And when she asked sharply, “Why is he coming to you and not to me?”, I shrugged and said with a smile, “Well, you’re the madam. I’m just your son and closer to his age. That makes me more approachable.”

She narrowed her eyes and I laughed, still misreading the situation. I added, “Alright, alright. The next time he comes to me for money, I’ll tell him to go and see you instead.”

“You better,” she said with a severity that I found surprising.

After that, it seemed as though we had moved on from the topic. But boy, was I wrong. When my mother stepped into my bedroom a few hours later, not even the grim expression on her face prepared me for what she had to say.

“My son,” she began in a warning tone, “I just want to state categorically that I don’t want a scandal. Do you hear me? I don’t want a scandal in this house.”

“What are you talking about?” I said, turning to her with a frown of confusion.

“This thing you and Ben are doing, where he’s coming to meet you for money instead of me… I don’t want to hear that it is actually what I’m thinking. I don’t want it. I just don’t want it in this house. Are you hearing me?”

And like a clap of thunder, comprehension dawned on me. And on its heels came swift anger. The confusion cleared from my face to be replaced by the beginnings of fury.

“What is that supposed to mean?” I snapped. “What thing is it you think me and Ben are doing? Please tell me, mommy.”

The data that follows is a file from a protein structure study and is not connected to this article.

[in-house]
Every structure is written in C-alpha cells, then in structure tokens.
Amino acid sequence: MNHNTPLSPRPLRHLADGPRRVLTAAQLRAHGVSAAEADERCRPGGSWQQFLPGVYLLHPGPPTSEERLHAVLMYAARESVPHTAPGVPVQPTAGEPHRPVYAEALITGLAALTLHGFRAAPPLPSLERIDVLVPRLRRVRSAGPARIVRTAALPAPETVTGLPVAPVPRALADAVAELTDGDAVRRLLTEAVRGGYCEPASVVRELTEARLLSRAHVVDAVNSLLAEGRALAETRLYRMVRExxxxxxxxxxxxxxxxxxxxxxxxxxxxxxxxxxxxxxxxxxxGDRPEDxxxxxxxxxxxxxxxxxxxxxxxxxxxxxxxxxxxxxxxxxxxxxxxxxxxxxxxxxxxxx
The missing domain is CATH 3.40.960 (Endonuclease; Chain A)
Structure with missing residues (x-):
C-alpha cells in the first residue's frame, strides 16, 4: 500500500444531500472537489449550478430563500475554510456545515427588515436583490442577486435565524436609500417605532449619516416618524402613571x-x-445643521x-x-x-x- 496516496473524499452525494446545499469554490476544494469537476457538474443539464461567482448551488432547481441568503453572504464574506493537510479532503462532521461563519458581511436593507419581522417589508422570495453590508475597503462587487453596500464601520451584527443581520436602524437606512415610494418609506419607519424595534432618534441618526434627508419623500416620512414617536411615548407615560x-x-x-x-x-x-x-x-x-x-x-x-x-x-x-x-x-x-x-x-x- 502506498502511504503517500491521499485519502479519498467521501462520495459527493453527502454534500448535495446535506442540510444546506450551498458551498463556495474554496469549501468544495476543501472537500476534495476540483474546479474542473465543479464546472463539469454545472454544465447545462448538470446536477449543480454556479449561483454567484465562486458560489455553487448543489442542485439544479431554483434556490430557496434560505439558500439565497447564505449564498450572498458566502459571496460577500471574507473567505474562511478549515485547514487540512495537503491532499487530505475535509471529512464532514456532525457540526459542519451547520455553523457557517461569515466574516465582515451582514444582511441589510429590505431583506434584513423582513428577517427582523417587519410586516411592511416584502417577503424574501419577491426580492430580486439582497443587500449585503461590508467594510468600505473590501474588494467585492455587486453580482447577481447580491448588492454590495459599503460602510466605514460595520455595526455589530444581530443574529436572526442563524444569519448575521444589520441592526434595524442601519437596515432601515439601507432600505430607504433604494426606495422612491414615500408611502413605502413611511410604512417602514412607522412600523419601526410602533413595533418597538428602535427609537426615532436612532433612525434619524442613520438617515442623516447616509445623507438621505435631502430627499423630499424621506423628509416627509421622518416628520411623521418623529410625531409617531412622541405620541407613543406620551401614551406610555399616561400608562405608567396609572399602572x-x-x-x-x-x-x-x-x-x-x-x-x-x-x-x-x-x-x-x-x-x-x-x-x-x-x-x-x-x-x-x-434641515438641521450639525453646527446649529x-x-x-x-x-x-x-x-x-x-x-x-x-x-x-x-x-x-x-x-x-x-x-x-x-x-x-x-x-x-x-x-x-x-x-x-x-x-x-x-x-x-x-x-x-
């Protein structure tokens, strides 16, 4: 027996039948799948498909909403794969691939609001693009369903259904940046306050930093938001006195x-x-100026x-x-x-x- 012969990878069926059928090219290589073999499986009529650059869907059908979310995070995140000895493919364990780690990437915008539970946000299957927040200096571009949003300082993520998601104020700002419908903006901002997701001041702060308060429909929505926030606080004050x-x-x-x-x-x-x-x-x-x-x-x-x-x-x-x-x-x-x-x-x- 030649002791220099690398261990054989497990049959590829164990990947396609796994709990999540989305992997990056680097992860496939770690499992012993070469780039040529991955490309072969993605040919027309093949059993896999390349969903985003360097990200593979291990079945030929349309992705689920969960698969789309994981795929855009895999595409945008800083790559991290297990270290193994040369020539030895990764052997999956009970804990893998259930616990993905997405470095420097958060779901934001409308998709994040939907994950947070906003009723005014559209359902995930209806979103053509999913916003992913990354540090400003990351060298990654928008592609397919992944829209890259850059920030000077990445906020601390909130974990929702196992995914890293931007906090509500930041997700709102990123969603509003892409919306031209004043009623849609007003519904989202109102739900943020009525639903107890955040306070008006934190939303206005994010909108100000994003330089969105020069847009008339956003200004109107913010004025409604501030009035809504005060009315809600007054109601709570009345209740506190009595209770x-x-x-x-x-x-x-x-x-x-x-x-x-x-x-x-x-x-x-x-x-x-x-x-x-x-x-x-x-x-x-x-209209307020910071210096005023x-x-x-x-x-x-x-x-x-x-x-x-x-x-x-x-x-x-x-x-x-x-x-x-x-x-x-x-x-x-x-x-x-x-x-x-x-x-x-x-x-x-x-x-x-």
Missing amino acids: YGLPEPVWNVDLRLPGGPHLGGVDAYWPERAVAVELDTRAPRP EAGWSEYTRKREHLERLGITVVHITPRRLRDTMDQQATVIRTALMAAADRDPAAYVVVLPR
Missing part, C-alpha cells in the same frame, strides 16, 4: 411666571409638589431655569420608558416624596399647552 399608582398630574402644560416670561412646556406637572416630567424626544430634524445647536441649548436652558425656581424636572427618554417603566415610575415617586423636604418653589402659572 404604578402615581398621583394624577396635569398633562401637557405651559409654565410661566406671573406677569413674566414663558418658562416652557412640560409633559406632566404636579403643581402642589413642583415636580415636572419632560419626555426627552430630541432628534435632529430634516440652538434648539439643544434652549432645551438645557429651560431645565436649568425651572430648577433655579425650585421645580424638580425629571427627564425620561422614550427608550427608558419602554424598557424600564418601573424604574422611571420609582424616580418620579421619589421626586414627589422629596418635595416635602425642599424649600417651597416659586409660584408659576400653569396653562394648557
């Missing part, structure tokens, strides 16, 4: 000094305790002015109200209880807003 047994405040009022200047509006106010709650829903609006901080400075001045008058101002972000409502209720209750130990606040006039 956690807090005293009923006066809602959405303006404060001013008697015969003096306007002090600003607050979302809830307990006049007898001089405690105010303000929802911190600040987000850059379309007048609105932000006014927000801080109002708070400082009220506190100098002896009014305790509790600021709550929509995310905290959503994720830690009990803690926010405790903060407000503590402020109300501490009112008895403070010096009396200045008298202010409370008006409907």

“I don’t have to say anything,” she shot back, not backing down. “You know what I mean. Let it not be that it has started, because I will not have it. Years ago, your cousin scandalized his family with a boy staying in their house and today, my sister and her husband are still trying to cover up what happened by making him get married. You, you have said you won’t marry. That is between you and God. But in the meantime, do not bring scandal to my house.”

I stood there staring at my mother, feeling a riotous mix of emotions wage a war inside me. You know that desperate feeling you get when you love somebody so much, yet you absolutely hate how they make you feel sometimes? I was feeling all of that as I sat there on my bed, glaring up at the woman standing before me. Tomorrow, she would become a very doting mother whose beautiful smile always makes me want to hug her. But right in that moment, I hated how she couldn’t simply get to some sort of internal compromise regarding the person she had found her son out to be.

What she said was hurtful. I felt very hurt by her words. And it was on the tip of my tongue to hit her with a rejoinder about how I had a boyfriend waiting for me in Lagos. You know, further crush her marital expectations of me by shoving my “homosexual lifestyle” in her face.

But that malicious urge lasted seconds, and i reined it in. I sighed instead and said wearily, “OK, mum. I will try and not bring any scandal to this family.”

She nodded, stared grimly some more at me, a look which I returned, before she turned and left the room.

#Sigh This journey with my mother is going to be a very long one, I see.

Written by Pink Panther

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  1. Buddha
    September 30, 08:43 Reply

    So you have a boyfriend waiting for you in Lagos. And here I thought we were going to be married with each other.

    • Pink Panther
      September 30, 09:55 Reply

      So you were busy thinking instead of proposing, eh? ?

      • Buddha
        September 30, 12:25 Reply